One Pot Meal: Corned Beef Hash and Eggs

by Kimberly Hickok

I’ve got a confession to make. Ready? I’m not good at following recipes. Unless I’m baking, which requires some level of precision (like exact measuring) I tend to view recipes as a guideline. I also like to make things that you take one dish. My specialty is taking bits and bobs of whatever’s leftover in the fridge and turning them into dinner and that’s how my One Pot Meal: Corned Beef Hash and Eggs was born.

(If you’re looking for a precise recipe with measurements, this post is not for you.)

But first, a little bit of the events that led to making this. It all started with St. Patrick’s Day dinner. I look forward to this dinner every year for one reason – the leftovers. Don’t get me wrong. I do more than my fair share of damage plowing through the corned beef, cabbage, carrots and potatoes but I stay focused on the prize. What prize, you may ask?

Leftover corned beef. How else can one make a Reuben sandwich or corned beef hash?

Corned beef hash is one of my all-time favorite foods. If I go out for breakfast and the establishment serves house-made hash, I’m a goner. So when the chance to have some leftover corned beef comes my way, I’m all over it.

For me it’s all about balance. You need to have just the right ratio of potatoes to corned beef with a bit of onion thrown in.  It’s also important (to me) to get your hash a little crispy.

To get the best results, use a pan with a heavy bottom that has a lid.

If you’ve got leftover potatoes from your dinner, fantastic. If not, boil medium sized russet potatoes with the skin on until they are just barely tender. Peel while hot and cut into whatever size you like. I prefer a 2 to 1 ratio of potatoes to corned beef. In other words, if I have 1/3 cup of corned beef, I’ll cook up 2/3 cup potatoes. Brown the onions with the potatoes and let them all get nice and tender. Then add the corned beef. Be sure to season with salt and pepper along the way.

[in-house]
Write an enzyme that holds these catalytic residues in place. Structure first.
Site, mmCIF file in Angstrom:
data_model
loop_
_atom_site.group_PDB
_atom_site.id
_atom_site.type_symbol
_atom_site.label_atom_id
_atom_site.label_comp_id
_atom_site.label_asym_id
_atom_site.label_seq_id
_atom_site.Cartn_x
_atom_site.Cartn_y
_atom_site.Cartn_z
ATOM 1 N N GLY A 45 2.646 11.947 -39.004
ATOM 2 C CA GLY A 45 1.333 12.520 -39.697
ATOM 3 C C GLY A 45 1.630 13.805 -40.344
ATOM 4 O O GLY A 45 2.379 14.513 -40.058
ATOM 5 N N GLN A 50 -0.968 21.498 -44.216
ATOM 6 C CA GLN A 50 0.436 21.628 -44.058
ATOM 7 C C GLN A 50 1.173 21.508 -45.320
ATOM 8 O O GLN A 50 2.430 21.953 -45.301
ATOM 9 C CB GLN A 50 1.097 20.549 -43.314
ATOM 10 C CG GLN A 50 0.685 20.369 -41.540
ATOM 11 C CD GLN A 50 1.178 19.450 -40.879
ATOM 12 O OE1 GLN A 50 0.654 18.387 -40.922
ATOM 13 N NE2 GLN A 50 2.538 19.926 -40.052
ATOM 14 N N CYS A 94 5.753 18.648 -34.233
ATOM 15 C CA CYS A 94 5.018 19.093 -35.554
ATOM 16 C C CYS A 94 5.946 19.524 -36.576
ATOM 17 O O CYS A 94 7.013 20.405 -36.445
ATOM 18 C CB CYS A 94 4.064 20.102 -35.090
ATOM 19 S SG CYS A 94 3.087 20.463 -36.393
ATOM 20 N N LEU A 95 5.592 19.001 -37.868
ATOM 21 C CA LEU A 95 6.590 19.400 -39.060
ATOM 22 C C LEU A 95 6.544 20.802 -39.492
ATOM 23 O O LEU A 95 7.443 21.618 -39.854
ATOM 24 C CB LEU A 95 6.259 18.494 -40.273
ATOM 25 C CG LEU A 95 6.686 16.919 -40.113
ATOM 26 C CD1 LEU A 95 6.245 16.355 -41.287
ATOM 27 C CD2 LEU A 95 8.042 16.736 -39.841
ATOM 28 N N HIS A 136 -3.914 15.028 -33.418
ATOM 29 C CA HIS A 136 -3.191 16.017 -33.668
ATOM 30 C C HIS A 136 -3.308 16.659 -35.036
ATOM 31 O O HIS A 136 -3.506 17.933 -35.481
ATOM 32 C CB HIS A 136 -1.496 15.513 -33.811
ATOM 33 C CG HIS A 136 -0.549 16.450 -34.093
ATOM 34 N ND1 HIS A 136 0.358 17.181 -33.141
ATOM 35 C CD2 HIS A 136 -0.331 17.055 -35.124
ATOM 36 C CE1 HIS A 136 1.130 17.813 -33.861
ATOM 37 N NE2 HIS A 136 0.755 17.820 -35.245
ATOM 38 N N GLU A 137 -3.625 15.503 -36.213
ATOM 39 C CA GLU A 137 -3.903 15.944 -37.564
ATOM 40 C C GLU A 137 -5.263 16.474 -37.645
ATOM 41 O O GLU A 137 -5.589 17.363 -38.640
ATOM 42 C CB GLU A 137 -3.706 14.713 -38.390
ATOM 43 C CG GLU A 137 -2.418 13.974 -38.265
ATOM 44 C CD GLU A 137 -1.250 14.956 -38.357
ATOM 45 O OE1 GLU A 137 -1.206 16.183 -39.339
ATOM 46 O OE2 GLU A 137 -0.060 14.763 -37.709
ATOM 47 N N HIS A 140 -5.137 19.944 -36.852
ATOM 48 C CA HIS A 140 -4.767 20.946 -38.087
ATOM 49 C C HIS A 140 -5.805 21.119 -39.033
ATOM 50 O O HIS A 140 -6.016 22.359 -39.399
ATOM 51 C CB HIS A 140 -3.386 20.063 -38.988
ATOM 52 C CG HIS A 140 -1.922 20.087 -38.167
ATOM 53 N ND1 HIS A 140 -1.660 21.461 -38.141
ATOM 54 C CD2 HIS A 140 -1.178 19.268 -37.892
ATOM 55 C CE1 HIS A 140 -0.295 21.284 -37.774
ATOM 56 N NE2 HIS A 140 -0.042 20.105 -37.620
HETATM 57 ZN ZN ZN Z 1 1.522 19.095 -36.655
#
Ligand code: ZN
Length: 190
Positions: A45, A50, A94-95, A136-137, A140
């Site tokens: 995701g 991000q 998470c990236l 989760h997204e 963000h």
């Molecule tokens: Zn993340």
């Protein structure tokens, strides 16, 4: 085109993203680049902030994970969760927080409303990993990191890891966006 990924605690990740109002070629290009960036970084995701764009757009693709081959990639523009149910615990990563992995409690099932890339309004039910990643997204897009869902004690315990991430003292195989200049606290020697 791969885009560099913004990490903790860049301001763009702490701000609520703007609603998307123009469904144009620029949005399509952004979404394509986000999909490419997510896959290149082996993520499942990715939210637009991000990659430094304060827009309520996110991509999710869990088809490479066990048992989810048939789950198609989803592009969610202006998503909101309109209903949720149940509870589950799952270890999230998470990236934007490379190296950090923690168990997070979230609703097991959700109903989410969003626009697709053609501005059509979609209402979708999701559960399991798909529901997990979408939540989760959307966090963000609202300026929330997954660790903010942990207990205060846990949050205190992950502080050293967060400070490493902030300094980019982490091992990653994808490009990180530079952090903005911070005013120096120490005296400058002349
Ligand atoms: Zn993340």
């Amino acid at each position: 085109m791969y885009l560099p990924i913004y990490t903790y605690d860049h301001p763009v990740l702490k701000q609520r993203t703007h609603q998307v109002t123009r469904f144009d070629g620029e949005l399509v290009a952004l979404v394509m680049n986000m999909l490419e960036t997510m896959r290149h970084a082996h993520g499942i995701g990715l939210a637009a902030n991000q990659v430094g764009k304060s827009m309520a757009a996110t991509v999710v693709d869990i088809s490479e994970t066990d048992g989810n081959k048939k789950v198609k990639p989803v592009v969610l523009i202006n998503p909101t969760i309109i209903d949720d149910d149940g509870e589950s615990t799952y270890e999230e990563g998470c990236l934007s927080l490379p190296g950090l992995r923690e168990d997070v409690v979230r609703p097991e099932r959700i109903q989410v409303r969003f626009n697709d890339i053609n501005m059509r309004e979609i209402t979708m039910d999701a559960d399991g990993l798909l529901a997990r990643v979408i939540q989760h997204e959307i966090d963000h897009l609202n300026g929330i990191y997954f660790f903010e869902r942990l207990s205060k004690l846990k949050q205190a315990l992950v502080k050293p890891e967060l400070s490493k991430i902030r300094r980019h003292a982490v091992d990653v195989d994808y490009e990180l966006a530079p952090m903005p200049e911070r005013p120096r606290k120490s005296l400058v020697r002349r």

At this point you can dig in OR you can get a little crazy and add some eggs into the mix.

Corned Beef Hash and Eggs - Kimversations

Notice the nice browned bits? That’s what you’re looking for. To add eggs, make little pockets in the hash and drop a little bit of butter in each little hole.

Corned Beef Hash in one pan with eggs

Carefully drop an egg in each hole and season with a little salt and pepper.

Poach eggs in one pan with the corned beef

Lower heat, cover the pan and let the eggs cook until they’re done the way you like. I like it when the yolk is still runny but the whites are nice and firm.

So now you can understand why the leftover hash is so important, right? What do you do with your leftover corned beef?

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